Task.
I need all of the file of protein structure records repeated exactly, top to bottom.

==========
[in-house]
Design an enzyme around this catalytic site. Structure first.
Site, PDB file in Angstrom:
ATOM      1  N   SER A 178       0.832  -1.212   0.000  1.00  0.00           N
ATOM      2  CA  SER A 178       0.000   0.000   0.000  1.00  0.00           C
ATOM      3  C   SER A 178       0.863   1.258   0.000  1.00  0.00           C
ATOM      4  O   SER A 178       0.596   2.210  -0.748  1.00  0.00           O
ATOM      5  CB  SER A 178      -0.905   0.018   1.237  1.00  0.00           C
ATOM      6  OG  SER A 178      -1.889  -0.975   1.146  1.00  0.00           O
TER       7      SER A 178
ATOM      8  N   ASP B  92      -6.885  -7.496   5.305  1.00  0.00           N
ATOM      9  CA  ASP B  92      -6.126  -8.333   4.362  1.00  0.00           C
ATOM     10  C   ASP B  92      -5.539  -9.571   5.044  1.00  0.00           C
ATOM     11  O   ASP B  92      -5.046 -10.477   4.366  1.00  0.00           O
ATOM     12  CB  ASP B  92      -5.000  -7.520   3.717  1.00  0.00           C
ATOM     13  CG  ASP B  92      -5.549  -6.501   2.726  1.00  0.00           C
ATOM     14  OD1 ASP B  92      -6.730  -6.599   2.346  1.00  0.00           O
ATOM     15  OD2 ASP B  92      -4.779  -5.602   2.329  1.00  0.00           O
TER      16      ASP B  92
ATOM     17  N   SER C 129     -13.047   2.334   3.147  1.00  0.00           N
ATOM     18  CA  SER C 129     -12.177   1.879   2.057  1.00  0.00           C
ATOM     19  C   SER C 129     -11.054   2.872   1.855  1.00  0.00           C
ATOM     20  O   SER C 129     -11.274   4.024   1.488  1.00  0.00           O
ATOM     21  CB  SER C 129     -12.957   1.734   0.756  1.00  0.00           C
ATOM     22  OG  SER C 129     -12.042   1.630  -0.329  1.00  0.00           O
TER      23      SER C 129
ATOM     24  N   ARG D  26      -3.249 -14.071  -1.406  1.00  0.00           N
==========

[in-house]
Design an enzyme around this catalytic site. Structure first.
Site, PDB file in Angstrom:
ATOM      1  N   SER A 178       0.832  -1.212   0.000  1.00  0.00           N
ATOM      2  CA  SER A 178       0.000   0.000   0.000  1.00  0.00           C
ATOM      3  C   SER A 178       0.863   1.258   0.000  1.00  0.00           C
ATOM      4  O   SER A 178       0.596   2.210  -0.748  1.00  0.00           O
ATOM      5  CB  SER A 178      -0.905   0.018   1.237  1.00  0.00           C
ATOM      6  OG  SER A 178      -1.889  -0.975   1.146  1.00  0.00           O
TER       7      SER A 178
ATOM      8  N   ASP B  92      -6.885  -7.496   5.305  1.00  0.00           N
ATOM      9  CA  ASP B  92      -6.126  -8.333   4.362  1.00  0.00           C
ATOM     10  C   ASP B  92      -5.539  -9.571   5.044  1.00  0.00           C
ATOM     11  O   ASP B  92      -5.046 -10.477   4.366  1.00  0.00           O
ATOM     12  CB  ASP B  92      -5.000  -7.520   3.717  1.00  0.00           C
ATOM     13  CG  ASP B  92      -5.549  -6.501   2.726  1.00  0.00           C
ATOM     14  OD1 ASP B  92      -6.730  -6.599   2.346  1.00  0.00           O
ATOM     15  OD2 ASP B  92      -4.779  -5.602   2.329  1.00  0.00           O
TER      16      ASP B  92
ATOM     17  N   SER C 129     -13.047   2.334   3.147  1.00  0.00           N
ATOM     18  CA  SER C 129     -12.177   1.879   2.057  1.00  0.00           C
ATOM     19  C   SER C 129     -11.054   2.872   1.855  1.00  0.00           C
ATOM     20  O   SER C 129     -11.274   4.024   1.488  1.00  0.00           O
ATOM     21  CB  SER C 129     -12.957   1.734   0.756  1.00  0.00           C
ATOM     22  OG  SER C 129     -12.042   1.630  -0.329  1.00  0.00           O
TER      23      SER C 129
ATOM     24  N   ARG D  26      -3.249 -14.071  -1.406  1.00  0.00           N